Arts and Culture News

News from the arts world.

Many plays have been called "kitchen sink" dramas because of their attempts at realism, but Oh My Sweet Land takes that to the extreme. It uses not just the sink but also the stove, the refrigerator, a chopping board and a very big knife — and it's being performed in kitchens across New York.

The Atlanta Symphony Orchestra at the Municipal Auditorium in 1967,
Atlanta Symphony Orchestra Records, Special Collection and Archives, Georgia State University Library

The Atlanta Symphony Orchestra last month announced that it had transferred its archives to Georgia State University Library's Special Collection and Archives. The collection includes programs, newspaper clippings, photographs, business documents and a host of other memorabilia tracing the orchestra's 73-year history.

This week's In a Broadway Minute goes off-Broadway for a new production of Eugene Ionesco's Rhinoceros with a new twist -- it's in Yiddish. Theater critic Howard Shapiro reviews this production Friday at 8 am and Saturday at 10 am. 

We Shall Not Be Moved is a new opera that takes its name from both the old spiritual-turned-civil-rights anthem and the Philadelphia black liberation group, MOVE. That group might be best-remembered for a 1985 tragedy: A police helicopter bombed the MOVE house, and the resulting fire killed 11 people and destroyed 62 homes in the neighborhood.

The opera, presented by Opera Philadelphia with the Apollo Theater, had its world premiere Sept. 16. It revisits that house and its ghosts, while remaining centered on stories about young people in Philadelphia today.

Wandering around the Barnes Foundation in Philadelphia, composer David Hertzberg stares at the walls in wonder. He's been through the rooms many times, drinking in the works by Seurat, Modigliani, Renoir and other masters. It's not just paintings alone, or even the Asian and Egyptian sculptures and other artworks arranged around the rooms, or the doorhandles and other pieces of daily, everyday hardware that might have adorned a home a century ago. Rather, it's the way its all put together.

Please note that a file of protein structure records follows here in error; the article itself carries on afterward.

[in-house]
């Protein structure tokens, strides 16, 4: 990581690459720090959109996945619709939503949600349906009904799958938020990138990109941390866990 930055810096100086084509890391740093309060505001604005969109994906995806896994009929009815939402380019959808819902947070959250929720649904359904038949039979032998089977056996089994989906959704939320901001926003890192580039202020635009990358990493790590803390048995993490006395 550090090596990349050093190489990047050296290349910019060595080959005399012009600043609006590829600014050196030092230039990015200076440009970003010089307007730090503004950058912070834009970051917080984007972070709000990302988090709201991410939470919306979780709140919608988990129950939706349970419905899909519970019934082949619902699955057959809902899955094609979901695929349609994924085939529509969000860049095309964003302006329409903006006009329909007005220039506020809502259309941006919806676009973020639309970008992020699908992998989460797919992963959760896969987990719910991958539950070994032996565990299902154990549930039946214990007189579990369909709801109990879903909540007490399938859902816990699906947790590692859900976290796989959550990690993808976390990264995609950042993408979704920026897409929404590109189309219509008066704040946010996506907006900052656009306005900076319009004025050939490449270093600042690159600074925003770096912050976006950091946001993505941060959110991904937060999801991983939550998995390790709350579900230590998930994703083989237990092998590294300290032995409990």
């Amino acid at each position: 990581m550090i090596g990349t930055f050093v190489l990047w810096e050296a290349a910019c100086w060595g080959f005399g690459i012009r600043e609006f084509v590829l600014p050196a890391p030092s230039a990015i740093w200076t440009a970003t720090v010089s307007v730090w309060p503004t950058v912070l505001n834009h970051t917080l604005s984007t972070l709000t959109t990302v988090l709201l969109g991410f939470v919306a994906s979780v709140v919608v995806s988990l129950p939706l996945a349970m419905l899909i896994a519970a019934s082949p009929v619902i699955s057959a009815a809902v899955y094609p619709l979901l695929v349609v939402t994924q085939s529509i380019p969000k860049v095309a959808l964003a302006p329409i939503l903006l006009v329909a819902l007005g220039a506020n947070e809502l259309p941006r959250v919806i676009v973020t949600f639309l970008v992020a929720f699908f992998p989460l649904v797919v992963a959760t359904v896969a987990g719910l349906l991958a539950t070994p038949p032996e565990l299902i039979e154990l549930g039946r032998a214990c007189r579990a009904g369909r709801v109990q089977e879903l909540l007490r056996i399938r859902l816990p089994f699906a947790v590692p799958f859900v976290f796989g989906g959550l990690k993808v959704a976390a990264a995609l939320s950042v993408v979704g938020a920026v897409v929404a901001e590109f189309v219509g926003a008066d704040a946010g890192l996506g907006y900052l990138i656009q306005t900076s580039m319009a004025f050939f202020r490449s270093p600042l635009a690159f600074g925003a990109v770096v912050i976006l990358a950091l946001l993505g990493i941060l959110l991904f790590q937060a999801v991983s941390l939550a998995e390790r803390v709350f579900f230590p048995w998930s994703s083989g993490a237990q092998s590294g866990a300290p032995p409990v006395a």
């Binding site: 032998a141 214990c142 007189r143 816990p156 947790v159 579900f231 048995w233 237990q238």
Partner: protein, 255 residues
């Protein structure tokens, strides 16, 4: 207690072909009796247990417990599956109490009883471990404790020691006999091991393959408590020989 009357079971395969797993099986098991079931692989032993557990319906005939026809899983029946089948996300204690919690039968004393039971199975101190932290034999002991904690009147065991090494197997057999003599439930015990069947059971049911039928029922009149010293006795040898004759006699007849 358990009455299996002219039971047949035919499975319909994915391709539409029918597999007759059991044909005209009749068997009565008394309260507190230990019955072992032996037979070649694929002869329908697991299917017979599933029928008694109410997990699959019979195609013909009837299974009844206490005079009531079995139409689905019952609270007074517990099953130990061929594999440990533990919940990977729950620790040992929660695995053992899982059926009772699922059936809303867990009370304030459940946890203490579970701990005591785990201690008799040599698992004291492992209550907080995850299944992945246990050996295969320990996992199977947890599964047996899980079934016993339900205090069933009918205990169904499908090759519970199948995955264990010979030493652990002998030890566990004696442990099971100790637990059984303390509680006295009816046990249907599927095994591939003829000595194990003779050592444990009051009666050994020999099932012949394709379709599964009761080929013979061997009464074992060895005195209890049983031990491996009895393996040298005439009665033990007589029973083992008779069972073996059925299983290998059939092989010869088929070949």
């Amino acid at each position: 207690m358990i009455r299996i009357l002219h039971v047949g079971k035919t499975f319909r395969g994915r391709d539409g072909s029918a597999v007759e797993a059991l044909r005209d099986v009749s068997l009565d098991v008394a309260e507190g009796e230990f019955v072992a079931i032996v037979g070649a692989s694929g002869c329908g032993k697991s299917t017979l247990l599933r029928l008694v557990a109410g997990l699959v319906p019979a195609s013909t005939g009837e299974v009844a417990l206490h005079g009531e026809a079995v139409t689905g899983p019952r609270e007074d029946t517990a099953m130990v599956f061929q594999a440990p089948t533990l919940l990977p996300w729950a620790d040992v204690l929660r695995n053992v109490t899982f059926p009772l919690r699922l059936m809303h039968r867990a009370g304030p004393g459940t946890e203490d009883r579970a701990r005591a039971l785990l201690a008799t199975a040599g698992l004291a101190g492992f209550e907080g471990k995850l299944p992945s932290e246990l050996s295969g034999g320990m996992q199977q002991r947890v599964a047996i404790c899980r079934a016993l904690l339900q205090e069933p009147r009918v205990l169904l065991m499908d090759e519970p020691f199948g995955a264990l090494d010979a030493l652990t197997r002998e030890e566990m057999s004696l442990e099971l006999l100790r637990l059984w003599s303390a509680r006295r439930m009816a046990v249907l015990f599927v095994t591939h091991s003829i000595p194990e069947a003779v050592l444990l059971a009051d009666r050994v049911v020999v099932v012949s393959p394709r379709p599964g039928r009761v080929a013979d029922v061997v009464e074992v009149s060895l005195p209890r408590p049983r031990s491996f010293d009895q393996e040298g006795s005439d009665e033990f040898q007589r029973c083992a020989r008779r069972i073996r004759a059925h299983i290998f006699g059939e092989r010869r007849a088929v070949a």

On fateful September 11, 2001, the little Canadian town of Gander, Newfoundland, was inundated with diverted airplanes carrying thousands of passengers from around the world. What happened that day is the subject of the Broadway Musical "Come from Away." Theater critic Howard Shapiro reviews the musical this week on In a Broadway Minute Friday at 8 am and Saturday at 10 am.

Legendary theater director Sir Peter Hall might have ended up the grand old man of British theater, but he came from modest beginnings — Hall was born in 1930 in Suffolk, England to a father who was a railway clerk, and his family lived in a house without electricity.

Hall went on to run two of the most important theater companies in England — the Royal Shakespeare Company and the National Theatre — and directed Waiting for Godot and Amadeus, among dozens of plays, old and new.

Opera Philadelphia's Inaugural O17 Festival opens this coming week, and in the first of  a two-part series, A Tempo (Saturday 9/9 at 7 pm) takes a look at some of the performances, including productions being held in city museums. Host Rachel Katz will interview Lembit Beecher, whose I Have No Stories To Tell You will be paired with Monteverdi's Il combattimento di Tancredi e Clorinda in a performance at the Philadelphia Museum of Art.

Mexican-American country star Rick Trevino brings his Texas guitar and his take on this Latino moment in America.

Chazz Palminteri’s "A Bronx Tale" has become a beloved story over the years, and now it's a Broadway musical. Join theater critic Howard Shapiro this week, when he reviews the new musical version of "A Bronx Tale" on In a Broadway Minute Friday morning at 8 and Saturday morning at 10.

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